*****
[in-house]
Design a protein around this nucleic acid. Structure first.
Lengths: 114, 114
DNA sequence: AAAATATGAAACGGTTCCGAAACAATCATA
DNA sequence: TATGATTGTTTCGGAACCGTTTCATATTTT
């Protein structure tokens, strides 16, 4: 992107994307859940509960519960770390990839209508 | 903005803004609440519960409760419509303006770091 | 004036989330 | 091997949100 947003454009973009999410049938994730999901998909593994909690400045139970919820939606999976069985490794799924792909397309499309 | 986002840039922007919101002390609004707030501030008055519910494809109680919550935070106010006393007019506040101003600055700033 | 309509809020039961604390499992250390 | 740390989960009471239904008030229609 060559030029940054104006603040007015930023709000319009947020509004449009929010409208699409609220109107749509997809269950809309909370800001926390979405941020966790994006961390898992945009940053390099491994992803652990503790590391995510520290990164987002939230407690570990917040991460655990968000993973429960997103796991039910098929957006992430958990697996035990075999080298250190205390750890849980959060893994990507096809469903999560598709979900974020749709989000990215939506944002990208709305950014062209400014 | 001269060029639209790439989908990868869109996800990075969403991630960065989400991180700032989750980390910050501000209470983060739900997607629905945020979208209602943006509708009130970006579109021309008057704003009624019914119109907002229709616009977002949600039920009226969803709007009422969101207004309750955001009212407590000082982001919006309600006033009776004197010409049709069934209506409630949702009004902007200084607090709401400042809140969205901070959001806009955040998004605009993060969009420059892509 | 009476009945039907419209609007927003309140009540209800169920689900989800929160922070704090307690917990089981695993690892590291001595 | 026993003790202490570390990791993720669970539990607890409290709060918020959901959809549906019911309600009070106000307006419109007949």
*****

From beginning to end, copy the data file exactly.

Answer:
[in-house]
Design a protein around this nucleic acid. Structure first.
Lengths: 114, 114
DNA sequence: AAAATATGAAACGGTTCCGAAACAATCATA
DNA sequence: TATGATTGTTTCGGAACCGTTTCATATTTT
């Protein structure tokens, strides 16, 4: 992107994307859940509960519960770390990839209508 | 903005803004609440519960409760419509303006770091 | 004036989330 | 091997949100 947003454009973009999410049938994730999901998909593994909690400045139970919820939606999976069985490794799924792909397309499309 | 986002840039922007919101002390609004707030501030008055519910494809109680919550935070106010006393007019506040101003600055700033 | 309509809020039961604390499992250390 | 740390989960009471239904008030229609 060559030029940054104006603040007015930023709000319009947020509004449009929010409208699409609220109107749509997809269950809309909370800001926390979405941020966790994006961390898992945009940053390099491994992803652990503790590391995510520290990164987002939230407690570990917040991460655990968000993973429960997103796991039910098929957006992430958990697996035990075999080298250190205390750890849980959060893994990507096809469903999560598709979900974020749709989000990215939506944002990208709305950014062209400014 | 001269060029639209790439989908990868869109996800990075969403991630960065989400991180700032989750980390910050501000209470983060739900997607629905945020979208209602943006509708009130970006579109021309008057704003009624019914119109907002229709616009977002949600039920009226969803709007009422969101207004309750955001009212407590000082982001919006309600006033009776004197010409049709069934209506409630949702009004902007200084607090709401400042809140969205901070959001806009955040998004605009993060969009420059892509 | 009476009945039907419209609007927003309140009540209800169920689900989800929160922070704090307690917990089981695993690892590291001595 | 026993003790202490570390990791993720669970539990607890409290709060918020959901959809549906019911309600009070106000307006419109007949």